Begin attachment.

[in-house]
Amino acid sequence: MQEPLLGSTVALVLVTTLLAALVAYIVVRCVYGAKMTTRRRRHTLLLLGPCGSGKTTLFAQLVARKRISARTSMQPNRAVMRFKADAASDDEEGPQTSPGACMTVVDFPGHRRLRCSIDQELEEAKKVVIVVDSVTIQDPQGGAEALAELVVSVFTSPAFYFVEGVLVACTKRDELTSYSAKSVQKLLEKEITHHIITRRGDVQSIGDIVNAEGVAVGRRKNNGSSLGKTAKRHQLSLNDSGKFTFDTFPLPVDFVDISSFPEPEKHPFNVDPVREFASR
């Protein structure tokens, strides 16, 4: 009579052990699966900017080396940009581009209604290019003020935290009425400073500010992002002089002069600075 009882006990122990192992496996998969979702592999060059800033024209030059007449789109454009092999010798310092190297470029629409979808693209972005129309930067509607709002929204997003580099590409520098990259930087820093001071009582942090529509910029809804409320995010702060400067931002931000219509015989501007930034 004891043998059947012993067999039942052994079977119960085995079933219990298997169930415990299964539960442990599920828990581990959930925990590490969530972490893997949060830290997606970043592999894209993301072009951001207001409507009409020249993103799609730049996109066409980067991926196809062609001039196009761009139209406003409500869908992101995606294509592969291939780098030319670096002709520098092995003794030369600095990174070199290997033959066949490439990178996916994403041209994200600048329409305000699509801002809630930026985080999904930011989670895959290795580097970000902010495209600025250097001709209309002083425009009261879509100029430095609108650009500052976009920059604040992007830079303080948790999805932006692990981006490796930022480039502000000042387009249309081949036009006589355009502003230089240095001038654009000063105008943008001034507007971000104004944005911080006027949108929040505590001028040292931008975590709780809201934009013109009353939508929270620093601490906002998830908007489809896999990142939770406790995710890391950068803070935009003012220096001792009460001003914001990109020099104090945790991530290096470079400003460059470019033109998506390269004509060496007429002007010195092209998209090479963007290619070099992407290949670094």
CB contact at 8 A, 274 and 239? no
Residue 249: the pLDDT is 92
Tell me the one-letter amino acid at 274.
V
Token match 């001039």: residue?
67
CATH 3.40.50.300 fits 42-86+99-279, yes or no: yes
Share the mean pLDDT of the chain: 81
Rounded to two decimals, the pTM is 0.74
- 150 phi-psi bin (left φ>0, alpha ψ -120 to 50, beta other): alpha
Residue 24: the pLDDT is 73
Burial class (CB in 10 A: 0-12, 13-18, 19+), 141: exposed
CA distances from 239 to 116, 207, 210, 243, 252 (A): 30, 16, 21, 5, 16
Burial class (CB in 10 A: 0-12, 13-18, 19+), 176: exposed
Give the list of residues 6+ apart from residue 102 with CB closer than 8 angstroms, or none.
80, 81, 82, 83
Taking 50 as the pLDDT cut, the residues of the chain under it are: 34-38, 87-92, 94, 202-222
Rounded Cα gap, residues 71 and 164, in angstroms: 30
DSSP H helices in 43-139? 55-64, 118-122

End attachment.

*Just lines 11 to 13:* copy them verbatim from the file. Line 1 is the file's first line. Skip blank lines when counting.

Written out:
Share the mean pLDDT of the chain: 81
Rounded to two decimals, the pTM is 0.74
- 150 phi-psi bin (left φ>0, alpha ψ -120 to 50, beta other): alpha